• June Hopkins
Part of the The World of the Roosevelts book series (WOOROO)


One hot summer day in 1935, federal relief administrator Harry Hopkins presented his plan for alleviating the effects of the Great Depression to a group of shirt-sleeved Iowa farmers, not noted for their liberal ideas. As Hopkins began to describe how government-sponsored jobs on public projects would provide both wages for the unemployed and a stimulus for foundering businesses, a voice shouted out the question that was on everyone’s mind: “Who’s going to pay for all that?” Hopkins, with his characteristic flair for the dramatic, slowly took off his coat and tie, rolled up his sleeves, and looked out at the now-fascinated audience sitting outside on the Iowa University campus. Everyone knew the extent of Hopkins’ influence in Washington. He spoke for the president. “You are,” Hopkins shouted, “and who better? Who can better afford to pay for it? Look at this great university. Look at these fields, these forests and rivers. This is America, the richest country in the world. We can afford to pay for anything we want. And we want a decent life for all the people in this country. And we are going to pay for it.”1 Ever optimistic as to the future of America, even during the dark days of the Great Depression, Hopkins was convinced that there was no good reason “for any American to be destitute, to be illiterate, to be reduced by the bondage of [unemployment and poverty] into either political or economic impotence.”2


York City Great Depression American Worker Decent Life Pension Program 
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  1. 1.
    This incident occurred at University of Iowa when Hopkins announced Hallie Flanagan’s appointment as head of the Federal Theatre Project. Flanagan, who attended Grinnell with Hopkins, declared that he “was never above a certain amount of hokum, and on that occasion he pulled a piece of business that would delight any stage manager.” Joanne Bentley, Hallie Flanagan: A Life in the American Theatre (New York: Alfred A. Knopf, 1988), 192.Google Scholar
  2. 2.
    Harry L. Hopkins, “What Is the American Way?” July 16, 1938, 1, The Harry L. Hopkins Papers, Part IV, 1:52, Special Collections, Lauinger Library, Georgetown University, Washington, D.C. (Here after Hopkins IV, GUSC).Google Scholar
  3. 4.
    John Kingsbury, “Roosevelt and Hopkins, Personal Reminiscences,” 4, John Adams Kingsbury Papers, Manuscript Division, Library of Congress, Washington, D. C. (Hereinafter JAKP), B81: Autobiography.Google Scholar
  4. 6.
    Gwendolyn Mink, The Wages of Motherhood: Inequality in the Welfare State 1917–1942 (Ithaca, N.Y.: Cornell University Press, 1995), viii.Google Scholar
  5. 7.
    Donald S. Howard, The WPA and Federal Relief Policy (New York: Russell Sage Foundation, 1943), 693.Google Scholar
  6. 10.
    Robert Sherwood, Roosevelt and Hopkins: An Intimate History (New York: Harper & Bros., 1948), 14.Google Scholar
  7. 13.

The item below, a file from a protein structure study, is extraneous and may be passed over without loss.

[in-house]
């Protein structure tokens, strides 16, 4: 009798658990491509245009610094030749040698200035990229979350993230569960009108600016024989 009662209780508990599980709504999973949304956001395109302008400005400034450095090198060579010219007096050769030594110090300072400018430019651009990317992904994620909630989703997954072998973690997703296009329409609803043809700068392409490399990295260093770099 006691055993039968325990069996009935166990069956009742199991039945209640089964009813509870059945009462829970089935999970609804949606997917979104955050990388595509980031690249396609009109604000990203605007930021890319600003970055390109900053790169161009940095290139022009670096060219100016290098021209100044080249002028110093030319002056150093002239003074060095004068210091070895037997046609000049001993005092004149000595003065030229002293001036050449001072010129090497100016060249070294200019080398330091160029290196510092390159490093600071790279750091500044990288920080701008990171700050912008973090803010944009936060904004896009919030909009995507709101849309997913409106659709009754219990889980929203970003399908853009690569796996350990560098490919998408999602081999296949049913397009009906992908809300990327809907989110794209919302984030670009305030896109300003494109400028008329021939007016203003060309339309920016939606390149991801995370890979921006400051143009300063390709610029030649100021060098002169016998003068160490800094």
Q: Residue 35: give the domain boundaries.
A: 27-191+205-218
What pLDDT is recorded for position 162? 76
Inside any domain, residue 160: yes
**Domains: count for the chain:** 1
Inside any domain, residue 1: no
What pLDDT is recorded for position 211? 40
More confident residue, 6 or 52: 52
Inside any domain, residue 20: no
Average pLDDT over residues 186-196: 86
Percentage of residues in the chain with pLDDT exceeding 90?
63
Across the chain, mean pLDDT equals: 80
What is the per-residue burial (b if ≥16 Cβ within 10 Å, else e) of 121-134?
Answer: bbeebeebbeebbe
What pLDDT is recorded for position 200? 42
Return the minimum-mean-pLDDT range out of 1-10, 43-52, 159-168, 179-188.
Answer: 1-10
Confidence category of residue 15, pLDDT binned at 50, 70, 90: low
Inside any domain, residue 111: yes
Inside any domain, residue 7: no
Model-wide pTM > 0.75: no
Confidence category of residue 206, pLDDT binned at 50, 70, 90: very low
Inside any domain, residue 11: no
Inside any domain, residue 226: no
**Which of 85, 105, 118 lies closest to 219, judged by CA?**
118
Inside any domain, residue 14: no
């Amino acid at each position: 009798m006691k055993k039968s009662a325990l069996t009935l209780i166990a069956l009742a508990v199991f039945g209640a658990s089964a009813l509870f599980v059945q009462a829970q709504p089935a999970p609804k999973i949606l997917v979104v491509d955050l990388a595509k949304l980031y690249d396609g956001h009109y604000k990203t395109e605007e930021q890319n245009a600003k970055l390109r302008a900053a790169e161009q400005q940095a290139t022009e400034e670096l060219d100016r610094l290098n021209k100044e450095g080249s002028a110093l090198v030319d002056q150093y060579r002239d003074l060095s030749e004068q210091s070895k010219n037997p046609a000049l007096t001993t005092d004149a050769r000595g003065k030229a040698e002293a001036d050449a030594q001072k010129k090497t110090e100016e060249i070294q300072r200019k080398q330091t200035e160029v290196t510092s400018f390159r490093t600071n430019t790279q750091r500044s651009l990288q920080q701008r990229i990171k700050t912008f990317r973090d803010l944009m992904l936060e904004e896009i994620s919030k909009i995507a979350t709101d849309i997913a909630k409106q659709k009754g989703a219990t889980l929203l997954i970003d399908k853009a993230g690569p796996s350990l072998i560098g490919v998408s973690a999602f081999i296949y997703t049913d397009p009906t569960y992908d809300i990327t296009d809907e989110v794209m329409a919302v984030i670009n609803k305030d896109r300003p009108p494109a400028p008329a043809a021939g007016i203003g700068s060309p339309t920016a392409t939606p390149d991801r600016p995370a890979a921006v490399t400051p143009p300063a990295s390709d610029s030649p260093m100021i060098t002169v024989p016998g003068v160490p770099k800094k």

Henry Adams, Harry Hopkins (New York: G. P. Putnam, 1977); Searle F. Charles, Minister of Relief: Harry Hopkins and the Depression (Syracuse, N.Y.: Syracuse University Press, 1963); Paul A. Kurzman, Harry Hopkins and the New Deal (Fairlawn, N.J.: R. E. Burdick, 1974); George McJimsey, Harry Hopkins: Ally of the Poor, Defender of Democracy (Cambridge, Mass.: Harvard University Press, 1987); Sherwood, Roosevelt and Hopkins; Matthew B. Wills, Wartime Missions of Harry L. Hopkins (Raleigh, N.C.: Pentland Press, 1996).Google Scholar
  8. 14.
    For example, James T. Patterson, America’s Struggle Against Poverty (Cambridge, Mass.: Harvard University Press, 1986); James Leiby, A History of Social Welfare and Social Work in the United States (New York: Columbia University Press, 1978); Michael B. Katz, Poverty and Policy in American History (New York: Academic Press, 1983) and In the Shadow of the Poorhouse: A Social History of Welfare in America (New York: Basic Books, 1986); Alan Dawley, Struggles for Justice: Responsibility and the Liberal State (Cambridge, Mass.: Harvard University Press, 1991), 9; Edward Berkowitz and Kim McQuaid, Creating the Welfare State: The Political Economy of 20th Century Reform (Lawrence: University Press of Kansas, 1988); Theda Skocpol, Protecting Soldiers and Mothers: The Political Origins of Social Policy in the United States (Cambridge, Mass.: Belknap Press, 1992); Linda Gordon, Pitied But Not Entitled: Single Mothers and the History of Welfare, 1890–1935 (New York: Mac-millan, 1994); Mink; Martha Swain, Ellen Woodward: New Advocate for Women (Jackson: University Press of Mississippi, 1995); Molly Ladd-Taylor, Mother-Work: Child Welfare and the State, 1890–1930 (Urbana: University of Illinois Press, 1994); Seth Koven and Sonya Michel, Mothers of a New World: Maternalist Politics and the Origins of the Welfare State (New York: Routledge, 1993); and Dorothy Brown and Elizabeth McKeown, The Poor Belong to Us: Catholic Charities and American Welfare (Cambridge, Mass.: Harvard University Press, 1998).Google Scholar

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© June Hopkins 1999

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  • June Hopkins

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